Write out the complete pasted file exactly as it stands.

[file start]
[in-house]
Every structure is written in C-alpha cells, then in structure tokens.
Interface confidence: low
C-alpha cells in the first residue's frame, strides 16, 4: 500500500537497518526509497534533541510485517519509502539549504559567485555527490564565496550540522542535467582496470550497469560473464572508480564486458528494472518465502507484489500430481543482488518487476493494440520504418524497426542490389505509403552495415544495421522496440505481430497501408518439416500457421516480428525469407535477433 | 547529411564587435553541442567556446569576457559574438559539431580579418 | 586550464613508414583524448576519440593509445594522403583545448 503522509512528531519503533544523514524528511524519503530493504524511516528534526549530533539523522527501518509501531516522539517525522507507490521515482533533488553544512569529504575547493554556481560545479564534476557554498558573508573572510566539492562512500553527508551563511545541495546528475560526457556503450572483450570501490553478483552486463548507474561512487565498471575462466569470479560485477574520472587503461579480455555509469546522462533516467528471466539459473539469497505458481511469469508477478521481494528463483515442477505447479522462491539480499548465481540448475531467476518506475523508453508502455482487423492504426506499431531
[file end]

[in-house]
Every structure is written in C-alpha cells, then in structure tokens.
Interface confidence: low
C-alpha cells in the first residue's frame, strides 16, 4: 500500500537497518526509497534533541510485517519509502539549504559567485555527490564565496550540522542535467582496470550497469560473464572508480564486458528494472518465502507484489500430481543482488518487476493494440520504418524497426542490389505509403552495415544495421522496440505481430497501408518439416500457421516480428525469407535477433 | 547529411564587435553541442567556446569576457559574438559539431580579418 | 586550464613508414583524448576519440593509445594522403583545448 503522509512528531519503533544523514524528511524519503530493504524511516528534526549530533539523522527501518509501531516522539517525522507507490521515482533533488553544512569529504575547493554556481560545479564534476557554498558573508573572510566539492562512500553527508551563511545541495546528475560526457556503450572483450570501490553478483552486463548507474561512487565498471575462466569470479560485477574520472587503461579480455555509469546522462533516467528471466539459473539469497505458481511469469508477478521481494528463483515442477505447479522462491539480499548465481540448475531467476518506475523508453508502455482487423492504426506499431531